• ‘And thus, I had to cash in bonds, break the piggy banks and hock jewelry to get the necessary supplies.’
    • ‘With all the hi-tech digital tools available, new filmmakers are finding they can create cinema without hocking their homes or putting their day jobs on hold.’
    • ‘We are pretty much the pimps of capitalism, hocking the wares of whoever shows us the money.’
    • ‘Back to Oceanside. The enlisted servicemen and women hock stuff in the pawn shops and borrow against payday.’
    • ‘As a matter of fact, the luckiest thing about it is that, if I ever had to, I could hock it’.’
    • ‘A young woman follows her suicidal boy friend to a pawn shop and finds out he has just hocked her fur coat to buy a handgun.’
    • ‘In a state of financial desperation, the camera captures Christophe hocking his musical instruments, the things he loves the most.’
    • ‘When he can't take the pressures of his dying brother any more, he hocks his father's most expensive watch so he can buy a hit of heroin.’
    • ‘Feeling guilty about owing the kindly journalist for her fare, she hocks a valuable Balzac first edition for 180,000 francs and pays her debt.’
    • ‘And though every sign in her life seems to be telling her she can't go to the contest, she begs, borrows and steals - even hocks her mother's diamond engagement ring - to get herself to Florida to compete.’
    • ‘In 1898, U.S. Open champion Fred Herd, a renowned boozer, was asked to leave a deposit on the championship cup, because officials were afraid he'd hock it.’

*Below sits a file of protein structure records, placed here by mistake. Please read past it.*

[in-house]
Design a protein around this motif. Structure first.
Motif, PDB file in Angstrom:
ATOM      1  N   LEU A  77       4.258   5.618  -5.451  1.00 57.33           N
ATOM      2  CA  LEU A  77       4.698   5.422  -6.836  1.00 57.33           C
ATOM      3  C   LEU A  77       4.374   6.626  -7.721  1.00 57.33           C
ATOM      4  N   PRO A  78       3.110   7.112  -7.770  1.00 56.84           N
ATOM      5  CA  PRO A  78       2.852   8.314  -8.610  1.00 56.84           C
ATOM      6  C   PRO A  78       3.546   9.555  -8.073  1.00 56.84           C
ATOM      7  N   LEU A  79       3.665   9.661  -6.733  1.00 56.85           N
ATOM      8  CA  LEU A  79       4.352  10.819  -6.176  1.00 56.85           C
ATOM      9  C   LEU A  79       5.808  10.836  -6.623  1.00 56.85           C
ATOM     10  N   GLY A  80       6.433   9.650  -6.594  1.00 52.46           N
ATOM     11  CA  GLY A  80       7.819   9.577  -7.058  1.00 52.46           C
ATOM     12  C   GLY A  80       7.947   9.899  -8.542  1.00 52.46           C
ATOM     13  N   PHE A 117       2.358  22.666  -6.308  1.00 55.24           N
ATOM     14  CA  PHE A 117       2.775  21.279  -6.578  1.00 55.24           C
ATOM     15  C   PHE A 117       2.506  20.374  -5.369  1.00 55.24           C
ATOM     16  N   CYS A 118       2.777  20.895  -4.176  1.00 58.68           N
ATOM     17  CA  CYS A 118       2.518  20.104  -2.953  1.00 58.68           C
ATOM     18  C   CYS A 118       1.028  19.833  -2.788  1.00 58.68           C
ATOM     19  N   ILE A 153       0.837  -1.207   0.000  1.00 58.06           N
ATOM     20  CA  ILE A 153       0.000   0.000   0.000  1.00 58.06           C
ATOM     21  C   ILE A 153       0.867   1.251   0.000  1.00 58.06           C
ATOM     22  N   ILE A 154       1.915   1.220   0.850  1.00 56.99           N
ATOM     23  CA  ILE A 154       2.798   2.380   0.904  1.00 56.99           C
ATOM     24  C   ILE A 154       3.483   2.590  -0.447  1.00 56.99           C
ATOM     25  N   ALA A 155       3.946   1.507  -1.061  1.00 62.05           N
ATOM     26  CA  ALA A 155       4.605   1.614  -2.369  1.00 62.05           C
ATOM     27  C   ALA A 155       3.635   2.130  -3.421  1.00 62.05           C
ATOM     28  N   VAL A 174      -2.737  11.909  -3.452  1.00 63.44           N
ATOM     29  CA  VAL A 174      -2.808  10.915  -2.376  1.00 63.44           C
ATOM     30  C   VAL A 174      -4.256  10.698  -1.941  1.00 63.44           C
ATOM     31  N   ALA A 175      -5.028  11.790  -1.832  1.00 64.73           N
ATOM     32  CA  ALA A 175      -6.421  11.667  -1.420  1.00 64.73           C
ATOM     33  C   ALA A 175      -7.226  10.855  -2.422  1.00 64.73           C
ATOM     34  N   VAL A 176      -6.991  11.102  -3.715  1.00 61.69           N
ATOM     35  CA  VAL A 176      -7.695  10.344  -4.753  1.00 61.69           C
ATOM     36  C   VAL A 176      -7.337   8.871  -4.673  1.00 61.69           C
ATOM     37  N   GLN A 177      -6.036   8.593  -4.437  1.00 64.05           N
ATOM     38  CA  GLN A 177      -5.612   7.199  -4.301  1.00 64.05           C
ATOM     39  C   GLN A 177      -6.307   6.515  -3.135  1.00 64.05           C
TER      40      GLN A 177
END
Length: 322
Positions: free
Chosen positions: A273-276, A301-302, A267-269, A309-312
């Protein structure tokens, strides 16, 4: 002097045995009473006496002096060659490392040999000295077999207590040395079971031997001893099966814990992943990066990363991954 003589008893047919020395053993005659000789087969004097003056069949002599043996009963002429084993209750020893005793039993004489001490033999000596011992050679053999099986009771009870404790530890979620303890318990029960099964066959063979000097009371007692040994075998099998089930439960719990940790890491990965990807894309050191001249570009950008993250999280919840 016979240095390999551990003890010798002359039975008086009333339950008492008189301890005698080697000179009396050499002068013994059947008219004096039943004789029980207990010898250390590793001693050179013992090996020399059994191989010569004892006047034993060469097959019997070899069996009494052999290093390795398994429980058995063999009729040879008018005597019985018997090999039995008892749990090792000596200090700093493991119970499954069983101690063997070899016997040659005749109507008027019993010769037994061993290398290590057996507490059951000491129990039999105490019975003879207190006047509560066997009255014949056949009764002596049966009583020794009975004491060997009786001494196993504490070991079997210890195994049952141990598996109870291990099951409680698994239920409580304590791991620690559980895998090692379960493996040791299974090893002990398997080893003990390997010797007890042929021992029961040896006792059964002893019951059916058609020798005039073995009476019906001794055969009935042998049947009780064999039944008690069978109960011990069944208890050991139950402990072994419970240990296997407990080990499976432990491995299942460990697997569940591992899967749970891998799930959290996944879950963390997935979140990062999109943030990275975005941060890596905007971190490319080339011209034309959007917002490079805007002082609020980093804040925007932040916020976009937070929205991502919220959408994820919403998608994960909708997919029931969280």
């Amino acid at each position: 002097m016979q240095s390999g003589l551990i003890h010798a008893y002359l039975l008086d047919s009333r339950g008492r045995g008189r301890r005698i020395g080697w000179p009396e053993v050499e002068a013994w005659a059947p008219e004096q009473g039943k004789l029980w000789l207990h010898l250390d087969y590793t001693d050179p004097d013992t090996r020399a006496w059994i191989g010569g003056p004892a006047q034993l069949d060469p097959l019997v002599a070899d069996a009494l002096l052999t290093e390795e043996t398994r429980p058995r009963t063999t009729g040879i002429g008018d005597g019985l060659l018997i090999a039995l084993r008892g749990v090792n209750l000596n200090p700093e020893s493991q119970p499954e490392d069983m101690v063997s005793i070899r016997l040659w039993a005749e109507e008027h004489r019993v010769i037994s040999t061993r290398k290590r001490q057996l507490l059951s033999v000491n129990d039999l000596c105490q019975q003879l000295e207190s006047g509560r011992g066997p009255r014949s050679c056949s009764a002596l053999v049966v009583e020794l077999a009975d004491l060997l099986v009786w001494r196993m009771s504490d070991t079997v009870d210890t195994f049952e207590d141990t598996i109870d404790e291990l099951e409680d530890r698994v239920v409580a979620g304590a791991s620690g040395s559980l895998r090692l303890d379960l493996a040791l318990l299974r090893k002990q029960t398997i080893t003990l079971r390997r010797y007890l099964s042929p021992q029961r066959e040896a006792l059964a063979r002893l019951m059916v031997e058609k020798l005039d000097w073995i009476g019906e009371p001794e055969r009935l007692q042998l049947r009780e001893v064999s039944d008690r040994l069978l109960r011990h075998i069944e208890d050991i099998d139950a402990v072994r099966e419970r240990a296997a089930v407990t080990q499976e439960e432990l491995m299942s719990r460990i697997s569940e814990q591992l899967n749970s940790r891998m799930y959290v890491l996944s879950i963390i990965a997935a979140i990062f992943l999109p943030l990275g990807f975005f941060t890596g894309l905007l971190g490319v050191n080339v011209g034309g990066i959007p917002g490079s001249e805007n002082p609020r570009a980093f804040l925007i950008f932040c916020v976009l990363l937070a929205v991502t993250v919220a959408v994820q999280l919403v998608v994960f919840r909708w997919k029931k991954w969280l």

• ‘The archives has the pawn ticket he received when he hocked his binoculars in 1954 for fifteen dollars.’
    • ‘For those who don't remember, Portman had to hock everything to build his One Peachtree masterpiece.’
    • ‘The CIA man was creeped out, but he knew he could hock the watch for 10 bucks, probably to the same crook that sold it to the squid.’
    • ‘Then there were the working class and lower class who would all be crowded into the third part of the train, all having had to hock much of their possessions to even make the passage.’
    • ‘It is important for the narrative's subtextual meaning that she gives him her wedding ring to hock for money to buy the heroin.’
    • ‘The enlisted servicemen and women hock stuff in the pawn shops and borrow against payday.’
    • ‘Looks like he hocked some of our stuff and used the money.’
    • ‘They had concerns at the time that Herd would hock the cup for drinking money.’
    • ‘No longer do you have to hock your car, mortgage your house and sell your firstborn child just to afford your supplements.’
    cripple, lame, disable, handicap, injure
    View synonyms